Now the word of the Lord came to Jonah the son of Amittai, saying, “Arise, go to Nineveh, that great city, and call out against it, for their evil has come up before me.” But Jonah rose to flee to Tarshish from the presence of the Lord. He went down to Joppa and found a ship going to Tarshish. So he paid the fare and went down into it, to go with them to Tarshish, away from the presence of the Lord. (Jonah 1:1–3)

The opening words in this unusual prophetic book prime us to expect what we typically see in the Old Testament: God’s word comes, and God’s prophets obey. It’s the pattern with Moses, Nathan, David, Isaiah, Jeremiah, Ezekiel, Haggai, Zechariah, and Malachi. God speaks, prophets do what God says. Jonah, though, does just the opposite of what God says, deciding instead that he would “flee to Tarshish from the presence of the Lord.” lol.

Jonah quickly found out what he confesses a bit later that he already knew, that is, that the Lord is “the God of heaven, who made the sea and dry land” (Jonah 1:9). This God is sovereign, so Jonah couldn’t get away. This God commanded a mighty storm that buffeted the ship of these sailors to the point that they finally decided to toss overboard the disobedient prophet. What’s more, as soon as his Jonah made a splash, the billows ceased and the sailors worshiped.

God created not just the seas and dry land, but he also created the fish in the seas and animals on the land. And because he created those things, he could order a fish to swallow Jonah, carry him around for a few days, the unceremoniously deliver him to his not-quite-final destination: the shores of Assyria. There Jonah preached the most successful sermon in Israelite history (who’s issuing invitations for speakers at the SBC Pastor’s Conference this year?), only to be deeply offended at its success.

This God who made the land and seas and fish and animals, though, also made people. And so it’s up to him—and not Jonah—to issue forgiveness and relent from disaster. And that’s the very thing Jonah knew God would do: “O Lord, is not this what I said when I was yet in my country? That is why I made haste to flee to Tarshish; for I knew that you are a gracious God and merciful, slow to anger and abounding in steadfast love, and relenting from disaster” (Jonah 4:2). Jonah fled because he knows that God is compassionate and loving, eager to forgive sinners. This God is sovereign—he can tell the seas and winds and worms and great fish and prophets what to do because he created them—so Jonah couldn’t get away from him and his loving embrace of those outside of Israel. May we learn Jonah’s lesson without all the running away. Our God created everything, and our God freely extends his gracious mercy to whoever he wants, even to those who we would rather see perish.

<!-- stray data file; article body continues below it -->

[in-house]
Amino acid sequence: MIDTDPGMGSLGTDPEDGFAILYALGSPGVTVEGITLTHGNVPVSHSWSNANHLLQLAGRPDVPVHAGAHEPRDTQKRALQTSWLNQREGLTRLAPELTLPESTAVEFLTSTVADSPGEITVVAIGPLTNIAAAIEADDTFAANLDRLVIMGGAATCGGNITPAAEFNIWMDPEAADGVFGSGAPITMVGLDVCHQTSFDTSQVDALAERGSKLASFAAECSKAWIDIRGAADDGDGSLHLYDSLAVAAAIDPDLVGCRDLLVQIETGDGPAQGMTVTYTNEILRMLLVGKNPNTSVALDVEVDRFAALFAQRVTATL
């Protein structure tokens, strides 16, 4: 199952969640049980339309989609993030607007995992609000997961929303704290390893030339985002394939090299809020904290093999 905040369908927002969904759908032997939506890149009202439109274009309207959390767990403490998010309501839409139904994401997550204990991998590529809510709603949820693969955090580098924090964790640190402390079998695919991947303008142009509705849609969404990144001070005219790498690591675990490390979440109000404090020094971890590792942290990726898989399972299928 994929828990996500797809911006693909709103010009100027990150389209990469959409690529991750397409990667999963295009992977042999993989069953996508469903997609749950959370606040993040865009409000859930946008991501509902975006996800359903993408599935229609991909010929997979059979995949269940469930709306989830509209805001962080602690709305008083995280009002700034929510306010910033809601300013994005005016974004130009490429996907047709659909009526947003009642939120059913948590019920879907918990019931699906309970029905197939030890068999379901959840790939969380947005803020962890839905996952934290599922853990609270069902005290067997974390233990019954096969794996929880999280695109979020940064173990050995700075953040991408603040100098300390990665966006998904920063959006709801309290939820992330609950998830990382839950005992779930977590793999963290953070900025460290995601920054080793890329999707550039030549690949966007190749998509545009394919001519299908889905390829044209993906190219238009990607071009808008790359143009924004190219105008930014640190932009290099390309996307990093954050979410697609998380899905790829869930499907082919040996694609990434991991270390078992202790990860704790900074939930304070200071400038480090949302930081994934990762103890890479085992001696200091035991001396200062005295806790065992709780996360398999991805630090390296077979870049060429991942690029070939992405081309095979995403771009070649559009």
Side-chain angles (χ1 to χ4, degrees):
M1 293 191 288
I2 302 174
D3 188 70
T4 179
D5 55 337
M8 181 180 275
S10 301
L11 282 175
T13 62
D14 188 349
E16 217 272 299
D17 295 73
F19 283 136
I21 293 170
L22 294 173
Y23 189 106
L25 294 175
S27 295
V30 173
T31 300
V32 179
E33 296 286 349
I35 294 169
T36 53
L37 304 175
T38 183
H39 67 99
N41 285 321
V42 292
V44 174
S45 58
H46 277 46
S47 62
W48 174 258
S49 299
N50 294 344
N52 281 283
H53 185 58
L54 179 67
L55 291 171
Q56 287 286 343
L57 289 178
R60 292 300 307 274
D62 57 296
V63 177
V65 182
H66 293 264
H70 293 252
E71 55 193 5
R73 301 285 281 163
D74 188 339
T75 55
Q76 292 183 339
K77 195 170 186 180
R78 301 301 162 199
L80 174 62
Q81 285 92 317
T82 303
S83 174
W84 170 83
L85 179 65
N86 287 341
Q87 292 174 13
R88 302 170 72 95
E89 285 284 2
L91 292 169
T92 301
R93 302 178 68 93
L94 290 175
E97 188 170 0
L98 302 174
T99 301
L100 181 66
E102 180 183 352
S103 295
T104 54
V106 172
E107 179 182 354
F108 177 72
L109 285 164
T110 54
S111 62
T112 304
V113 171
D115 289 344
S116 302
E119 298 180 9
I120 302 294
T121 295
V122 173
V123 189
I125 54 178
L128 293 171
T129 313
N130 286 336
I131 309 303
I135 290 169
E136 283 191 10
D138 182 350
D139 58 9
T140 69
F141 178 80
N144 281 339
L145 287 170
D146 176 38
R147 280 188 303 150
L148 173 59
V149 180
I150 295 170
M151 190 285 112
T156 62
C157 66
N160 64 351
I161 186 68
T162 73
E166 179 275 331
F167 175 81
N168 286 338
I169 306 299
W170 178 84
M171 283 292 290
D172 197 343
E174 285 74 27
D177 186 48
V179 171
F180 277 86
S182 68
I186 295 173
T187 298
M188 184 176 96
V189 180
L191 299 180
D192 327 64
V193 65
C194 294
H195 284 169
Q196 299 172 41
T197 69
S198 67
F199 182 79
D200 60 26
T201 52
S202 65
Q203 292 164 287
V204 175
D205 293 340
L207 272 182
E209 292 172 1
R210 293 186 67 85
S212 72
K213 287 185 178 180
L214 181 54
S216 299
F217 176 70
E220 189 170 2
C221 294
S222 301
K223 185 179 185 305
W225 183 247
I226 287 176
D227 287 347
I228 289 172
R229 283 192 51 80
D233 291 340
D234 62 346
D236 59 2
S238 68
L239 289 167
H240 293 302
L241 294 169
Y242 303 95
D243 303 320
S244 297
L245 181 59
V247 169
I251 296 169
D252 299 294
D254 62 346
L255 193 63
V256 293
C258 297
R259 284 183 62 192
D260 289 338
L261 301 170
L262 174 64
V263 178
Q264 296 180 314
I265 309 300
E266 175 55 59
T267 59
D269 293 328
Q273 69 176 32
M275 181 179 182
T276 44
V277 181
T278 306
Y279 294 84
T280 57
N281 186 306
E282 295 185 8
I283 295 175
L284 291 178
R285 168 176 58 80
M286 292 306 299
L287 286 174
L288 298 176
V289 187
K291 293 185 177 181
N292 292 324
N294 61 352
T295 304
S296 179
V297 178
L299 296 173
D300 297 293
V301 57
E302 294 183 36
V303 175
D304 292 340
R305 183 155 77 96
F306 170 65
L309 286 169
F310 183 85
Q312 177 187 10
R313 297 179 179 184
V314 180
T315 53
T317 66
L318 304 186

How does God's Word impact our prayers?

God invites His children to talk with Him, yet our prayers often become repetitive and stale. How do we have a real conversation with God? How do we come to know Him so that we may pray for His will as our own?

In the Bible, God speaks to us as His children and gives us words for prayer—to praise Him, confess our sins, and request His help in our lives.

We’re giving away a free eBook copy of Praying the Bible, where Donald S. Whitney offers practical insight to help Christians talk to God with the words of Scripture.